Porsche says it is confident that its new GTE car will not suffer the same problems Aston Martin and BMW did with the World Endurance Championship's automated Balance of Performance.
Porsche revealed its all-new 911 RSR-19 at the start of the month ahead of the car's race debut in the 2019/20 WEC season opener at Silverstone in September.
Last season, both the then-new Aston Martin Vantage GTE and the BMW M8 GTE were uncompetitive before a series of BoP adjustments helped turn both cars into victory contenders.
Porsche's director of GT factory motorsports Pascal Zurlinden is adamant that the situation is not comparable to that of Aston Martin and BMW and that the RSR-19 should be on the pace from the off.
"At the end, the FIA always has the option to correct the BoP if the new car is not at the right position in the first races," said Zurlinden.
"But the work between the manufacturer is getting more and more transparent, so we're quite confident we'll be in the right position.
"We gave them as much data as we could, we did a lot of mileage, so I hope the system works. If all the steps in the BoP process have been done correctly, I think this time the new car will be right at the level [of the others] from the beginning."
Kevin Estre, who took the 2018/19 drivers' GTE championship alongside Michael Christensen, said he was convinced that Porsche could fight for wins from the outset.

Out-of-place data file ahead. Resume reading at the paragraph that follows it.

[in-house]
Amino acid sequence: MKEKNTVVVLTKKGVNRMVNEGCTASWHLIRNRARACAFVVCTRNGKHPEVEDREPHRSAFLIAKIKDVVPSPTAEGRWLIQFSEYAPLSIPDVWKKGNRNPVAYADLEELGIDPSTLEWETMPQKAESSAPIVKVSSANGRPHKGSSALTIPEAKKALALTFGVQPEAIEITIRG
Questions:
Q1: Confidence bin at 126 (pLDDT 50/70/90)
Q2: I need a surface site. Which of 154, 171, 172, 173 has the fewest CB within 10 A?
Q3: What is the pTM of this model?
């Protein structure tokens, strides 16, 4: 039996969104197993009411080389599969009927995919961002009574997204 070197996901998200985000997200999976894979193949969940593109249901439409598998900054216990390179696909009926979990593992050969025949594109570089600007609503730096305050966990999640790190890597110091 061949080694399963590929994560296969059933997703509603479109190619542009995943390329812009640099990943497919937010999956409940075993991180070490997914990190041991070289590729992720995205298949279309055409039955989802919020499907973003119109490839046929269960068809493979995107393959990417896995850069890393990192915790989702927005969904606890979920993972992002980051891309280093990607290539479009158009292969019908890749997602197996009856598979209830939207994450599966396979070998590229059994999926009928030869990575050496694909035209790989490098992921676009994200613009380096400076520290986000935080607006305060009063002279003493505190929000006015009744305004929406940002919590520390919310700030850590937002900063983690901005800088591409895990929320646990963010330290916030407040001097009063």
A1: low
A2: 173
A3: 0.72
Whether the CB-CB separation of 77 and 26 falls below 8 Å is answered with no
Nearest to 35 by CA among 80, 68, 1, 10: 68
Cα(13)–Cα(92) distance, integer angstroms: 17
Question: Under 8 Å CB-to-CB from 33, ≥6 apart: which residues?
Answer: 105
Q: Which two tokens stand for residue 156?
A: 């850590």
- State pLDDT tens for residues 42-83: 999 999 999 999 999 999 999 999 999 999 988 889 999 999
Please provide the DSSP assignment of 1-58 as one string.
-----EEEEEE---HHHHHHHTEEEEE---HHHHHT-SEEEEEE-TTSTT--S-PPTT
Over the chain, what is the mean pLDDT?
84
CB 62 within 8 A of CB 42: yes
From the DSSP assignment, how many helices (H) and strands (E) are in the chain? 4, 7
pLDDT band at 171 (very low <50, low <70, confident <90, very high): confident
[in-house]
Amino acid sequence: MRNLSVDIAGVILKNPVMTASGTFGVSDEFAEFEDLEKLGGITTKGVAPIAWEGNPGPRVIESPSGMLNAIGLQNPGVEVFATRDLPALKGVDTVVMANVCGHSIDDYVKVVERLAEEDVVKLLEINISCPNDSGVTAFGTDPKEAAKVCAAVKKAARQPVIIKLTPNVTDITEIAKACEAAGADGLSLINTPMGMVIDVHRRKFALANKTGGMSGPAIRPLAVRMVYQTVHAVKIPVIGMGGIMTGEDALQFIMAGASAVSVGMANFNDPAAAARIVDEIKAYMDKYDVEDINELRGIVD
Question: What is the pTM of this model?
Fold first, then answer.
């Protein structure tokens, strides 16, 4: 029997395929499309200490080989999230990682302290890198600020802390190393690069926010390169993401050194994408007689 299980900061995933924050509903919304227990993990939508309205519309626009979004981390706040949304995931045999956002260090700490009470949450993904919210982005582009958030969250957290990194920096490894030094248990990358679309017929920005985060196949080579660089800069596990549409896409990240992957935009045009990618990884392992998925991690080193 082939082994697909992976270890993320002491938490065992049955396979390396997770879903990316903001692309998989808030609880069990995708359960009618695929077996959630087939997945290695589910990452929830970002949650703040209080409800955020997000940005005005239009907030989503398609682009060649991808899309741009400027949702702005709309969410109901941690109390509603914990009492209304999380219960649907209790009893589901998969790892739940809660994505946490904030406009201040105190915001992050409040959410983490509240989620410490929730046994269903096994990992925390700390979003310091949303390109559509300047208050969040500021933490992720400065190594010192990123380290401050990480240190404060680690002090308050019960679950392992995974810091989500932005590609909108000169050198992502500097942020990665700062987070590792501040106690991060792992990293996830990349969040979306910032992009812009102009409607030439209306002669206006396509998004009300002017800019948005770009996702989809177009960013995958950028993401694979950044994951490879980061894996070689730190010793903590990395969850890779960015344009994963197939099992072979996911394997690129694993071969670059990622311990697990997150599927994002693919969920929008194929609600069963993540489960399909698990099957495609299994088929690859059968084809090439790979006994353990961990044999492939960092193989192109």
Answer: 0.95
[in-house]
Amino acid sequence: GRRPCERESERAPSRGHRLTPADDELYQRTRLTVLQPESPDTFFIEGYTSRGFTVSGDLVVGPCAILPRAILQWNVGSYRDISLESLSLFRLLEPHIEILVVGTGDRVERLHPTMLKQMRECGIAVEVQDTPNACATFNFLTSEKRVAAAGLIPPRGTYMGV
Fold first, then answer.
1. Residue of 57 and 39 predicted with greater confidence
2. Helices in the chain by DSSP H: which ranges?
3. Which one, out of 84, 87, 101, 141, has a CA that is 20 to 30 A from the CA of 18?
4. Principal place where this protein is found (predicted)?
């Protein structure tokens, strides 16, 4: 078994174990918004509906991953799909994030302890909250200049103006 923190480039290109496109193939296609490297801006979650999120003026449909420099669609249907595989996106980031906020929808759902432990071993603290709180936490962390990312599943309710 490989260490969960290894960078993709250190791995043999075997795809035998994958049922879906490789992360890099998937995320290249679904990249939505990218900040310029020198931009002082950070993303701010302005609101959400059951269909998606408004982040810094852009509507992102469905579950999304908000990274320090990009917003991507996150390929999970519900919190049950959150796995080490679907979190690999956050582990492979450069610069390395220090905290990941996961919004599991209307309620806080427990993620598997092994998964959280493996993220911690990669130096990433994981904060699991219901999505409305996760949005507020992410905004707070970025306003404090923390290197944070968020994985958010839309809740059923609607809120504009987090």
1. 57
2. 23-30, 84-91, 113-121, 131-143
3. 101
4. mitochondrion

"This is a new car, but it's not a huge change," said Estre. "It's the same base chassis, it's a bit of a different engine but it's not like we went from an [normally-aspirated] engine to a turbo engine.
"We definitely don't want to be two seconds off the pace in the first race. And on this point, I feel we are quite well prepared because we did a lot of testing and it's not a huge step from the old car."
Estre added that the final stretch of his title-winning 2018/19 campaign was strenuous as the development of the new Porsche was taking place between races.
"We did the first rollout on April 2018, and then we had one year of testing, not as intense at the beginning, but from February this year to now it was intense," said Estre.
"We were still racing the other car, so we had to go back and forth. The steering wheel is different, different tyres, a different way of driving - still a Porsche, but it's a little different.
"It was a bit of a challenge last year to jump from testing to driving in a race with a different car."
Asked to specify where the 911 RSR-19 is superior to its predecessor, Estre continued: "It's small details everywhere. It's very good on the brakes and very stable all through the corner.
"If you are fighting against oversteer, it's for the whole corner, while with the '17 car it was more oversteer switching to understeer, fighting against two things in one corner."